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Buddhisms and Deconstructions

Edited by Jin Y. Park - Other Robert Magliola - Contributions by Jane Augustine; Zong-qi Cai; Simon Glynn; Gad Horowitz; Roger Jackson; E.H Jarow; Steven W. Laycock; David R. Loy; Ian Mabbett; Frank W. Stevenson; Youru Wang and Ellen Y. Zhang

Buddhisms and Deconstructions considers the connection between Buddhism and Derridean deconstruction, focusing on the work of Robert Magliola. Fourteen distinguished contributors discuss deconstruction and various Buddhisms—Indian, Tibetan, and Chinese (Chan)—followed by an afterword in which Magliola responds directly to his critics. « less more »
Rowman & Littlefield Publishers
Pages: 312Size: 6 1/2 x 9 3/8
978-0-7425-3417-9 • Hardback • March 2006 • $106.00 • (£70.00)
978-0-7425-3418-6 • Paperback • March 2006 • $39.00 • (£24.95)
978-0-7425-7219-5 • eBook • March 2006 • $37.00 • (£24.95)
Jin Y. Park is assistant professor in the department of philosophy and religion at American University.
Part 1 Introduction
Part 2 Part One: Buddhism and Deconstruction
Chapter 3 1. Naming the Unnameable: Dependant Co-arising and Différence
Chapter 4 2. Nagarjuna and Deconstruction
Part 5 Part Two: Buddhism Deconstructs
Chapter 6 3. Derridean and Madhyamika Buddhist Theories of Deconstruction
Chapter 7 4. Indra's Postmodern Net
Part 8 Part Three: Deconstructing Buddhism
Chapter 9 5. Deconstructive and Foundationalist Tendencies in Indian and Tibetan Buddhism
Chapter 10 6. Ji Zang's Suynata-Speech: Derridean Denegation with Buddhist Negations
Part 11 Part Four: Chan/Zen Buddhist Deconstruction
Chapter 12 7. The Chan Deconstruction of Buddha Nature
Chapter 13 8. Sudao: Repeating the Question in Chan Discourse
Part 14 Part Five: Deconstructing Life-Worlds
Chapter 15 9. The Veil Rent in Twain: A Buddhist Reading of Robert Magliola's Deconstructive Chiasm
Chapter 16 10. emmanuel, robert
Part 17 Part Six: Questioning the Self, Questioning the Dialogue
Chapter 18 11. Sartre, Phenomenology and the Buddhist No-Self Theory
Chapter 19 12. Self and Self Image
Chapter 20 13. Zen Flesh, Bones and Blood: Deconstructing Inter-Religious Dialogue
Part 21 Afterword
Part 22 Selected Bibliography
Part 23 Glossary of Chinese Characters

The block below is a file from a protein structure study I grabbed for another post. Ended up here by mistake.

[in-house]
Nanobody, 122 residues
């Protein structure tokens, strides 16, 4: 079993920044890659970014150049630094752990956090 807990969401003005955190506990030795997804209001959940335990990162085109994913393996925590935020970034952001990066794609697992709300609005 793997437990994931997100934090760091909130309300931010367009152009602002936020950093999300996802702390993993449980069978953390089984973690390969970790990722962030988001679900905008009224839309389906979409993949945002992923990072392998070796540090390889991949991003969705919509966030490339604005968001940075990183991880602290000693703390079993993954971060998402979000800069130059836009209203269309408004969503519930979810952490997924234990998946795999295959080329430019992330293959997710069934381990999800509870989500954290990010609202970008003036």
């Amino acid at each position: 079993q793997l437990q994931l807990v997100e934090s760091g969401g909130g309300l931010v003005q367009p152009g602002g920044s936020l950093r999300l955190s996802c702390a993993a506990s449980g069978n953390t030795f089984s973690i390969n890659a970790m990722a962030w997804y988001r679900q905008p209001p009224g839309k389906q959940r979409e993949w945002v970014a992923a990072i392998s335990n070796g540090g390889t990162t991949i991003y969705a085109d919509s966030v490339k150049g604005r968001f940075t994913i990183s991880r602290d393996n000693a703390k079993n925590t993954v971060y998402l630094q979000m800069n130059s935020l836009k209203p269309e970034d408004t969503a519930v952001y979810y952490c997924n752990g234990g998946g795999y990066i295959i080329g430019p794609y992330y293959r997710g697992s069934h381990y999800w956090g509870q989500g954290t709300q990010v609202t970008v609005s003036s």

Part 24 Credits
Part 25 Contributors
This set of essays crystallizes decades of important developments in the dialogue between Buddhism and post-modern thought, revealing their relevance to each other and to the future of philosophical reflection East and West.
John Makransky, associate professor of Buddhism and comparative theology, Boston College

These essays seriously engage the philosophical parallels between Buddhism and deconstruction in a manner that is both well-informed and largely free of jargon. In their depth and breadth, they deliver the kind of mutual elucidation that all philosophical dialogue aspires to, without skirting the serious challenges of truly cross-cultural philosophizing. Buddhisms and Deconstructions helps us better appreciate the profound and subtle implications of the Buddhist notions of dependent arising, emptiness and the two truths, by bringing them together with deconstruction to address such problems as self and identity, language, and referentiality.
William Waldron, department of religion, Middlebury College

It could serve as an accessible introduction to an often difficult subject.... Buddhisms and Deconstructions provide a number of enjoyable reads....and reveals, with much clarity and depth, a breadth of philosophical insight comparing Buddhist and Derridean thought.
Victor Forte; Springer Science and Business Media

The gem of this collection is Magliola's response...more intriguing are his replies, both positive and critical, to other essays in this book.
Journal of Chinese Religions

Buddhisms and Deconstructions generously provides us with an intriguing reading in search of a Middle Path that goes beyond all opposition and dualism, envisioning a mutual-enriching dialogue by way of cross-bordering, beyond all limits, categorizations, and self-enclosure.
Vincent Shen, Lee Chair in Chinese Thought and Culture, Department of Philosophy and Department of East Asian Studies, University of Toronto

Buddhisms and Deconstructions, edited by Jin Y. Park, contains a number of fascinating articles dealing with a comparison between two systems of thought, one a long-standing tradition from the East and the other a contemporary movement in the West….Park and her colleagues had convincingly demonstrated multiple levels of connection and why deconstructionism works so well in a Buddhist context. Therefore, it is clear that the contributors have gone a long way toward achieving the goal of forcing out of stagnancy and reinvigorating the noble task of linking Buddhism with Western philosophy.
Steven Heine, Florida International University; Philosophy East and West, October 2008